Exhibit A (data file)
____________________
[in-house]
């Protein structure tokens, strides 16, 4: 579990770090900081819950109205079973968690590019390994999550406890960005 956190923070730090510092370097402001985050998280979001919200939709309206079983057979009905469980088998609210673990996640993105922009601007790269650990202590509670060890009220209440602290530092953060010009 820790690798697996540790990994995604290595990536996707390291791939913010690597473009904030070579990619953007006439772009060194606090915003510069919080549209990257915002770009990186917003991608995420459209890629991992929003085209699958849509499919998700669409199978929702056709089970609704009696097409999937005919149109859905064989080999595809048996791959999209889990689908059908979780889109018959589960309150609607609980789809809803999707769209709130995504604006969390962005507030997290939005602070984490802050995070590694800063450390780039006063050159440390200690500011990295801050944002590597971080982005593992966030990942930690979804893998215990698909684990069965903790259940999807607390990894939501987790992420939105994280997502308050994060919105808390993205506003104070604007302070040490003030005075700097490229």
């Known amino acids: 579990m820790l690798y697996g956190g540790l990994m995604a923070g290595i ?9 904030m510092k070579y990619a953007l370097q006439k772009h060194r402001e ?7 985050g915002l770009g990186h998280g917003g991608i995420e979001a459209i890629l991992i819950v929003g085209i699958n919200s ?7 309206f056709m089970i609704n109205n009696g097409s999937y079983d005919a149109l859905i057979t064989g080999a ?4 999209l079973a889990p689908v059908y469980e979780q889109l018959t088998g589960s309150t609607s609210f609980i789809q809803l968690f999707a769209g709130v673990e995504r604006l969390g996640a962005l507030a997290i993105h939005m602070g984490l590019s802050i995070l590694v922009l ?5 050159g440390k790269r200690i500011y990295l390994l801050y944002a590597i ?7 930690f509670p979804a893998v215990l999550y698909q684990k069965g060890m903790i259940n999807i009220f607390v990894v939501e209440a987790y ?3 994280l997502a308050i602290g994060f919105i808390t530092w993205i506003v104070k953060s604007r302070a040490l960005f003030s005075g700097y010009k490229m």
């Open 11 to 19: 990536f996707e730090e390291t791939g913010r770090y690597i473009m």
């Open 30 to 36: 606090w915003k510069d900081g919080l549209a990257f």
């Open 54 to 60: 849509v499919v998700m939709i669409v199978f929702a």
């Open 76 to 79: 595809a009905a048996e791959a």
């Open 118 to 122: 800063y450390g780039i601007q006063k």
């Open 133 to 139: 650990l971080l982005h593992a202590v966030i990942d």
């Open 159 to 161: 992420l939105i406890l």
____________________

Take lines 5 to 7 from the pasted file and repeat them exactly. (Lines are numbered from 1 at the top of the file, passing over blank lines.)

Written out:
């Open 30 to 36: 606090w915003k510069d900081g919080l549209a990257f």
């Open 54 to 60: 849509v499919v998700m939709i669409v199978f929702a």
């Open 76 to 79: 595809a009905a048996e791959a």